• Arterial Line Insertion Open or Close

    arteriallineAn arterial line is a special plastic tube that is inserted in to a patient's artery to enable continuous monitoring of the blood pressure.

    • Why does a patient need an arterial line?

    Critically ill or injured patients frequently have profound abnormalities in their blood pressure. The arterial line provides a way to constantly measure a patient's blood pressure and may be essential to the stabilization of the patient. Arterial lines may be useful in patients with very high or low blood pressures. The arterial line also provides access for frequent blood sampling. Blood can be withdrawn from the patient through the arterial line tubing without having to use a needle.

    • How is an arterial line inserted?

    Arterial lines may be inserted in the wrist (radial artery), armpit (axillary artery), groin (femoral artery), or foot (pedal artery). The arterial line is inserted into the artery by the same technique used to insert a regular peripheral IV. The arterial line is usually sutured (sewed) to the overlying skin to assure that it remains in the artery. An arterial line insertion causes the similar discomfort to that associated with the insertion of a regular peripheral IV. The arterial line tubing is connected to the bedside monitor, where the patient's blood pressure is constantly displayed. 

    • How long is an arterial line used?

    Typically, an arterial line is required for a short period of time. If the information from the arterial line is required for more than five to seven days, a new arterial line may be required. 

    • Are there any potential complications associated with use of an arterial line?

    The major complications associated with the arterial line are bleeding, infection, and rarely, a lack of blood flow to the tissue supplied by the artery.


  • Central Venous Pressure Catheter Insertion Open or Close

    cvpCentral Venous Pressure (CVP) describes the pressure of blood in the vena cava, one of the central veins near the heart. CVP reflects the amount of blood returning to the heart and the ability of the heart to pump the blood into the arterial system. Normal CVP is 2-6 mm Hg.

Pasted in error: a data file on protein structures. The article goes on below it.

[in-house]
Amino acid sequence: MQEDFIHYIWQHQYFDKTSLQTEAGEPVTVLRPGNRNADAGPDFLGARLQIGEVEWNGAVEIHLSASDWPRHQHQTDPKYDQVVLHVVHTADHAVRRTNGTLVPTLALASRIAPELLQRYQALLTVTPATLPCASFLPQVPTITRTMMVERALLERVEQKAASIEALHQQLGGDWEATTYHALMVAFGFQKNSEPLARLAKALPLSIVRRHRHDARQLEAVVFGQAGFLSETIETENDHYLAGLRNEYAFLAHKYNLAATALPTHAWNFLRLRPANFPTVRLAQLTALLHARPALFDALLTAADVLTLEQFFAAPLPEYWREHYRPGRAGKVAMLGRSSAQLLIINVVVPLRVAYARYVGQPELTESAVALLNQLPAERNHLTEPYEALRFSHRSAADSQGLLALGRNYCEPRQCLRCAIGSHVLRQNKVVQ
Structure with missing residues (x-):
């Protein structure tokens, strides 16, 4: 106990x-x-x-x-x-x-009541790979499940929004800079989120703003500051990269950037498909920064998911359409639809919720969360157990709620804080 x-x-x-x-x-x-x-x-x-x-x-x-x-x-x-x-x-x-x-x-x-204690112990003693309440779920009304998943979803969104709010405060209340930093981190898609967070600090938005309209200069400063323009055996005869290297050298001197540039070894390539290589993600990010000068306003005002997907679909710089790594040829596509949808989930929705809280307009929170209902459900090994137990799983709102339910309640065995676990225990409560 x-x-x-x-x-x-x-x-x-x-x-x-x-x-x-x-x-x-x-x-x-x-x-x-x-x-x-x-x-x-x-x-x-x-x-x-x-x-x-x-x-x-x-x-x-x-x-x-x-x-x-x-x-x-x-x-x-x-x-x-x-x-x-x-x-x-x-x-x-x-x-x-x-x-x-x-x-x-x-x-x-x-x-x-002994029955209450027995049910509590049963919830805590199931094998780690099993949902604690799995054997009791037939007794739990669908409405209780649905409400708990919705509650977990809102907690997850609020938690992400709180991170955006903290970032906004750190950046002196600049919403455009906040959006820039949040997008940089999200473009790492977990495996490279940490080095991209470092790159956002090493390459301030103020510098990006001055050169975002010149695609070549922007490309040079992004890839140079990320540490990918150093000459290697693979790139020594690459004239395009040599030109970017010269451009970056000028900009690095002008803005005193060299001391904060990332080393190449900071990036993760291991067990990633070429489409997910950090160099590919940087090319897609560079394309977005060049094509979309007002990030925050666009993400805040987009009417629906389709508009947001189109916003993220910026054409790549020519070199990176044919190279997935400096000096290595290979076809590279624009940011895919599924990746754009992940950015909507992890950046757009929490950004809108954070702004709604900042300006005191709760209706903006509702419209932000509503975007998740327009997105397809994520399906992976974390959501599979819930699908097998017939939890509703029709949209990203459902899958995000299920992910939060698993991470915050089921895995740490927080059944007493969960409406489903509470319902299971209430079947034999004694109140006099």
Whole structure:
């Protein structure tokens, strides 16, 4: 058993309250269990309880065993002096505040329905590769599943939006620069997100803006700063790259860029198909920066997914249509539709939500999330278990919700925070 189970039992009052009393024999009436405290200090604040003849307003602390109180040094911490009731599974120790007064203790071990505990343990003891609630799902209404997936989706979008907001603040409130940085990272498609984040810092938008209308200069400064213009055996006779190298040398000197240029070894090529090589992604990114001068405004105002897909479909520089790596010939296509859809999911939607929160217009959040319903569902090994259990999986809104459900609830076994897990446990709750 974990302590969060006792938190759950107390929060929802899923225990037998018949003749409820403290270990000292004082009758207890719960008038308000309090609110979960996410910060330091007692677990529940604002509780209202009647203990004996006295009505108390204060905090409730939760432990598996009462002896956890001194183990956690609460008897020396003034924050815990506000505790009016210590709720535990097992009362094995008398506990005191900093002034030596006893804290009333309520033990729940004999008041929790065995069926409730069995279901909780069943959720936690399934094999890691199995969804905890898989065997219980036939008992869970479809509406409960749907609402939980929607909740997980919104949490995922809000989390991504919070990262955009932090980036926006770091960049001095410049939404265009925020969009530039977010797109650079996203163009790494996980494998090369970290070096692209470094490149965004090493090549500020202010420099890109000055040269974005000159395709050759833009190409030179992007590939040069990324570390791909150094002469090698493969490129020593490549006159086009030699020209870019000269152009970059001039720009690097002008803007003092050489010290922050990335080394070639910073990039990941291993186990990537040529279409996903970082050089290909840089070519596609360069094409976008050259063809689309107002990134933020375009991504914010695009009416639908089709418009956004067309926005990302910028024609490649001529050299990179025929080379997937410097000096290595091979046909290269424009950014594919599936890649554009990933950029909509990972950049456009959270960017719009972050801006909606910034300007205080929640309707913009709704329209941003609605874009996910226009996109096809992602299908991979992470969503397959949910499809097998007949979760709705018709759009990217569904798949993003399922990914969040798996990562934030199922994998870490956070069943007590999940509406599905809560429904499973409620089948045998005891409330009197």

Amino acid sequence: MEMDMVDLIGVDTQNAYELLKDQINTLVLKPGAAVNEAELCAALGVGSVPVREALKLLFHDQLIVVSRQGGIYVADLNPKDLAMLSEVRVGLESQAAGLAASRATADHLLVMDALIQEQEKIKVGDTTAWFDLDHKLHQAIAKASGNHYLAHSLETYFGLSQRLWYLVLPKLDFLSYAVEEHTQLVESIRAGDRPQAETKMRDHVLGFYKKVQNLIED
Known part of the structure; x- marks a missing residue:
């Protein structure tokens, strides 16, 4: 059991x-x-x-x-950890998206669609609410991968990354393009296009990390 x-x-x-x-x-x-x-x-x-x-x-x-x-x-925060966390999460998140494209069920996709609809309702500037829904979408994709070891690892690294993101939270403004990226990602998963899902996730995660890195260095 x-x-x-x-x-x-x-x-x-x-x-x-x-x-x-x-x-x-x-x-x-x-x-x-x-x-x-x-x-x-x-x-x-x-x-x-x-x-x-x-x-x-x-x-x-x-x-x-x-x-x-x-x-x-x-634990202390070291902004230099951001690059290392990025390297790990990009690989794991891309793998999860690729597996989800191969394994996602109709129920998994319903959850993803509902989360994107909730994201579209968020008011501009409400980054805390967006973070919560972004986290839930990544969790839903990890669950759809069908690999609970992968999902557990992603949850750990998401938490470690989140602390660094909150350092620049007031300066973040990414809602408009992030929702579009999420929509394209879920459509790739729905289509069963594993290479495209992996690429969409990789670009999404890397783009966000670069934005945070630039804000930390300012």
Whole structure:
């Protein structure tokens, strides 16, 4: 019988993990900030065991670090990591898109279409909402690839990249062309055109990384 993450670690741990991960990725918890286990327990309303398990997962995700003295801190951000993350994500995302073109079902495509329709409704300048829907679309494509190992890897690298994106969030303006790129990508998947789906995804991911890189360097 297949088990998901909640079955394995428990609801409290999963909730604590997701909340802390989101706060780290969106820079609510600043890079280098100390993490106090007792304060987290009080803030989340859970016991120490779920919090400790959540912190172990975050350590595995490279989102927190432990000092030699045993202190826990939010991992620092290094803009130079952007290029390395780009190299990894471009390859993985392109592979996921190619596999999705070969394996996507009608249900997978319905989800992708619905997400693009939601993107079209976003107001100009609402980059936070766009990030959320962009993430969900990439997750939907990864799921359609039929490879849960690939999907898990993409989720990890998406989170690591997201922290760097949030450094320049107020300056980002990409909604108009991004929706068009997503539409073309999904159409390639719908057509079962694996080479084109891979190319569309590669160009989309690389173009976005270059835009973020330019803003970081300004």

A CVP catheter is a special IV line is inserted into a large vein in the body. Several veins are used for central venous catheters including those located in the shoulder (subclavian vein), neck (jugular vein), and groin (femoral vein). In some patients, a central venous catheter may be inserted into the elbow vein (anticubital vein) and advanced into the subclavian vein. These special IVs are also used when the patient either does not have adequate veins in the arms or needs special medications and/or nutrition that cannot be given through the smaller arm veins. It also allows for serial venous blood assessment.

    • Do central venous catheters hurt?

    Yes, when they are inserted. The doctor numbs the area with an anaesthetic before placing the catheter. Once it is in place, it usually does not hurt. Central venous catheters in the shoulder or neck veins can occasionally cause the lung to collapse. After a neck, shoulder or elbow central venous catheter is put in, the doctor gets a chest x-ray to make sure that the catheter is in the proper place and that the patient's lung is still inflated.

    • How long is a central venous catheter used?

    The amount of time that a central venous catheter remains in a patient varies and may depend upon the patient's condition. The ICU staff monitors the catheter closely and removes it when it is no longer needed. Occasionally, the catheter may need to be replaced.

    • Are there any potential complicatons associated with central venous catheters?

    Bleeding and infection are complications associated with IV catheters. As previously mentioned, collapse of a lung is a rare complication of central venous catheters. If this occurs, a chest tube (chest drain) may be required to re-expand the lung.


  • Chest and Abdominal Drainage Open or Close

    Surgical drains of various types have been used, with the best intentions, in different operations for many years. It is often open to question whether they achieve their intended purpose despite many years of surgery. There is a paucity of evidence for the benefit of many types of surgical drainage and many surgeons still 'follow their usual practice'. With better evidence, management of surgical patients should improve and surgeons should be able to practise based upon sound scientific principles rather than simply 'doing what I always do'. Lack of definitive evidence has not helped the resolution of some controversial issues surrounding the use of surgical drainage.